The Hiller family is saddened that beloved specimens like this jacaranda are not considered good enough for a Fremantle tree register.
SIX tall trees in Hilton have been rejected as unworthy of inclusion on a Fremantle council register of significant trees.
The council had planned to create a new register of trees on private land but, unimpressed by the nominations, will instead use an existing database of significant trees on its heritage register to create a new register of trees on both private and public land.
The Hiller family of Hilton had nominated a 15m jacaranda which they say has, “one of the best tree houses in Hilton”. The other was a 14m silky oak planted on their Snook Crescent property by previous owners, and described as one of the best examples of silky oak in Fremantle.
The family next door nominated a 15m eucalyptus while residents in nearby Butson Street nominated a 20m rubber tree; Nicholas Crescent a 20m iron bark; and Rennie Crescent a 15m cape lilac which attracts black cockatoos: “I think it’s sad the city doesn’t have a proper register,” Alex Hiller told the Herald. “We inherited the cubby from the previous owners about four years ago.”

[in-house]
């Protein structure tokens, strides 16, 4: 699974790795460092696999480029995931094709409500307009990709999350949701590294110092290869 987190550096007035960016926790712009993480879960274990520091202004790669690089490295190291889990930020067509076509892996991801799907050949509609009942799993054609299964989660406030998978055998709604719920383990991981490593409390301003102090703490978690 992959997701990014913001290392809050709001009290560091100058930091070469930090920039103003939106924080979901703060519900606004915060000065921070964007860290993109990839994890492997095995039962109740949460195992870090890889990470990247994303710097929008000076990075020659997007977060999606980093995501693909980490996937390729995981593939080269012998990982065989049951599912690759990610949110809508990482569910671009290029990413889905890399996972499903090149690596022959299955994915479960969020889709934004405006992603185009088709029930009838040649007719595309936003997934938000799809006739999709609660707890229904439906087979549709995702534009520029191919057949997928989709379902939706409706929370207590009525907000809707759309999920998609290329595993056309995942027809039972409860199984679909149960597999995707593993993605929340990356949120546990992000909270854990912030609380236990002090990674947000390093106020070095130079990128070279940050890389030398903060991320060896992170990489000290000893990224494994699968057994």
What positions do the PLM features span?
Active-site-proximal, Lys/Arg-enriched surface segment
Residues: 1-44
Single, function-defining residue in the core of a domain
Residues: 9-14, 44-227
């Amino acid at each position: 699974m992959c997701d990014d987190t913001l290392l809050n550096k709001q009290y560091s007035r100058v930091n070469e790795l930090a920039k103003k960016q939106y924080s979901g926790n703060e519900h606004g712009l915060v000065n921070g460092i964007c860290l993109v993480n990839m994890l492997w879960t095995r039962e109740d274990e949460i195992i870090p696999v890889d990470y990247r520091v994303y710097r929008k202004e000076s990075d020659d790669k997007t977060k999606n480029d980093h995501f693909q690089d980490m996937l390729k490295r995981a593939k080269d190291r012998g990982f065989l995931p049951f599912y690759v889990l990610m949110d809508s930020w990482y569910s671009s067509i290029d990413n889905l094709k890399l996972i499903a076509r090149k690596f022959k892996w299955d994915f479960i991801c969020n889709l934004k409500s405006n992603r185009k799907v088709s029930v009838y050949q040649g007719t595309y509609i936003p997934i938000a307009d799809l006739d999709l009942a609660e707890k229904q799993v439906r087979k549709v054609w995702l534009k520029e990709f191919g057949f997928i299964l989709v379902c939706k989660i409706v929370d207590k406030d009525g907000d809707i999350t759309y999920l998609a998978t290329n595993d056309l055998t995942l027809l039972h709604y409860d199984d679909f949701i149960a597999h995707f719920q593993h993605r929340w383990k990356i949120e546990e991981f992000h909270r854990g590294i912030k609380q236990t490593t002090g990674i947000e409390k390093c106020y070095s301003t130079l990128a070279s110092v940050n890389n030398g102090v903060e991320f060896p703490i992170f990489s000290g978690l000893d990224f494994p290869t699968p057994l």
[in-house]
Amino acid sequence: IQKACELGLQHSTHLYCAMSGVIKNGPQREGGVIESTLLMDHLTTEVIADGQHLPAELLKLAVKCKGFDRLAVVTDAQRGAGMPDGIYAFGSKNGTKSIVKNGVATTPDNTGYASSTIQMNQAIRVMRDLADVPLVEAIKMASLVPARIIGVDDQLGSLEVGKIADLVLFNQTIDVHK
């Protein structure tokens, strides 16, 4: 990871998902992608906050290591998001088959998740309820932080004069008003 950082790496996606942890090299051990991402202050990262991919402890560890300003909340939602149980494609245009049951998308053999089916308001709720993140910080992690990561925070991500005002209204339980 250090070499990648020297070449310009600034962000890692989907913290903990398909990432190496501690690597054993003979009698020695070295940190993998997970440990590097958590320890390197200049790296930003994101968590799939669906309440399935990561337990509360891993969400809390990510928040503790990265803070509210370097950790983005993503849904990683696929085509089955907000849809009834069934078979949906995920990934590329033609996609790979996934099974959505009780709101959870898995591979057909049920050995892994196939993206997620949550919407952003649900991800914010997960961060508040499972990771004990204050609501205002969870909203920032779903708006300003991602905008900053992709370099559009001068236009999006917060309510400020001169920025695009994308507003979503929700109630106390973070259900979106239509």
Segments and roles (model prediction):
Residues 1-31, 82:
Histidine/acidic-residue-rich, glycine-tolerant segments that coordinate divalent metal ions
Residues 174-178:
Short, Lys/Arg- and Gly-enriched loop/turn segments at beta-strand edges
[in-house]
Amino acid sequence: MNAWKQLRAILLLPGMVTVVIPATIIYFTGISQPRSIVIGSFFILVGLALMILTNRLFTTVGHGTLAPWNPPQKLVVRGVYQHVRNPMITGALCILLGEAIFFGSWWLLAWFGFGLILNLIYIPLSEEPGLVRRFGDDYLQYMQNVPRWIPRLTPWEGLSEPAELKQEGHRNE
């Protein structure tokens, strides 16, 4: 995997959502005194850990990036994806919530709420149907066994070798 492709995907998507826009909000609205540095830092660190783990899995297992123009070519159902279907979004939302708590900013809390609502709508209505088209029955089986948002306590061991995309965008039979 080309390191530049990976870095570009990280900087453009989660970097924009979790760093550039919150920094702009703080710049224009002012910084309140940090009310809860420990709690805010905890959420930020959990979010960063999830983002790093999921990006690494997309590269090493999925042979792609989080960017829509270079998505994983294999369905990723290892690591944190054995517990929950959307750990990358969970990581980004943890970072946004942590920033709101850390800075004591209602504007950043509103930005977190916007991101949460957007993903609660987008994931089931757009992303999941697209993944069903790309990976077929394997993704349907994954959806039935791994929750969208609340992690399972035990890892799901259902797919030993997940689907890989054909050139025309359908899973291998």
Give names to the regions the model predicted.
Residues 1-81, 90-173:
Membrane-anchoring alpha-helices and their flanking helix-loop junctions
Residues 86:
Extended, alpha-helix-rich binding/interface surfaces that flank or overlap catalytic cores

Council’s planning services committee on Wednesday adopted a report stating the six nominated trees were not significant enough for inclusion.
Instead, it prefers to use trees already on the city’s heritage list to create a register of significant trees and vegetation areas.
Committee chair Andrew Sullivan says this leaves the door open to including trees deemed by the community to be special and at most risk from removal or development.
But he says there is a fine line between public and private, with many people, “fearful of having their rights impinged on by council”.
When Nedlands tried to introduce a register in the 1990s, land owners started chopping down significant trees before they could be included. Verge trees belong to council.
Most WA councils use significant tree registers to protect unique examples of species based on height, cultural heritage and indigenous values.
Mandurah has an elaborate register established in 2008 and South Perth uses criteria set by the National Trust.
Fremantle’s parks and landscape team assessed each nominated tree in Hilton based on ecological values, botanical and horticultural importance, aesthetic values, historic importance and functionality such as serving as a wind break or screen.
The report to the committee notes if the council wants a more extensive register it could survey trees in all suburbs, but the cost would be substantial.
It says one way to avoid “pre-emptive” felling of trees by private owners is to include a tree on the register only if owners do not object.
“The potential downside of such an approach however may be that fewer trees are ultimately included in the register.”
by CARMELO AMALFI